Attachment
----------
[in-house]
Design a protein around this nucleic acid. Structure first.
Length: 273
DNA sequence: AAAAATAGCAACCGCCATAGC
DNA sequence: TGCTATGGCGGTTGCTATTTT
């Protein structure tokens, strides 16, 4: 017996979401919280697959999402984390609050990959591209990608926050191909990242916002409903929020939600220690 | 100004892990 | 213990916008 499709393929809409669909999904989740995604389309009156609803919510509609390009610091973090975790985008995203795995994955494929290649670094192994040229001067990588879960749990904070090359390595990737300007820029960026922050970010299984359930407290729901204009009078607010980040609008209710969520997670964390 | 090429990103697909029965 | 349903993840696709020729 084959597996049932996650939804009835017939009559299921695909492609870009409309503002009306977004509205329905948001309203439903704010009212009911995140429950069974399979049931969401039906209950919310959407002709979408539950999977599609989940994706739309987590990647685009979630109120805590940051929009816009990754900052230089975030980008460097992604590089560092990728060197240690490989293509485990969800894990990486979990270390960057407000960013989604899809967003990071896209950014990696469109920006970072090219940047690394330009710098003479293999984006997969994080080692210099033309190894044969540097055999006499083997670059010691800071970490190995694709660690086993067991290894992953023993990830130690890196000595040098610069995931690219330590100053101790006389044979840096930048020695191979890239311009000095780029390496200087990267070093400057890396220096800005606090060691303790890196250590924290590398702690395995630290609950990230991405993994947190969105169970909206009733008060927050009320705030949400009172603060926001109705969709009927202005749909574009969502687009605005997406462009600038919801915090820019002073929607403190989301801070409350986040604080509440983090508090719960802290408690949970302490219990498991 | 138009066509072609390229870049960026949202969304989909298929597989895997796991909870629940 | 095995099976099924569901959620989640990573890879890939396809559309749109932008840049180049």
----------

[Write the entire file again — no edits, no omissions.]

[in-house]
Design a protein around this nucleic acid. Structure first.
Length: 273
DNA sequence: AAAAATAGCAACCGCCATAGC
DNA sequence: TGCTATGGCGGTTGCTATTTT
């Protein structure tokens, strides 16, 4: 017996979401919280697959999402984390609050990959591209990608926050191909990242916002409903929020939600220690 | 100004892990 | 213990916008 499709393929809409669909999904989740995604389309009156609803919510509609390009610091973090975790985008995203795995994955494929290649670094192994040229001067990588879960749990904070090359390595990737300007820029960026922050970010299984359930407290729901204009009078607010980040609008209710969520997670964390 | 090429990103697909029965 | 349903993840696709020729 084959597996049932996650939804009835017939009559299921695909492609870009409309503002009306977004509205329905948001309203439903704010009212009911995140429950069974399979049931969401039906209950919310959407002709979408539950999977599609989940994706739309987590990647685009979630109120805590940051929009816009990754900052230089975030980008460097992604590089560092990728060197240690490989293509485990969800894990990486979990270390960057407000960013989604899809967003990071896209950014990696469109920006970072090219940047690394330009710098003479293999984006997969994080080692210099033309190894044969540097055999006499083997670059010691800071970490190995694709660690086993067991290894992953023993990830130690890196000595040098610069995931690219330590100053101790006389044979840096930048020695191979890239311009000095780029390496200087990267070093400057890396220096800005606090060691303790890196250590924290590398702690395995630290609950990230991405993994947190969105169970909206009733008060927050009320705030949400009172603060926001109705969709009927202005749909574009969502687009605005997406462009600038919801915090820019002073929607403190989301801070409350986040604080509440983090508090719960802290408690949970302490219990498991 | 138009066509072609390229870049960026949202969304989909298929597989895997796991909870629940 | 095995099976099924569901959620989640990573890879890939396809559309749109932008840049180049």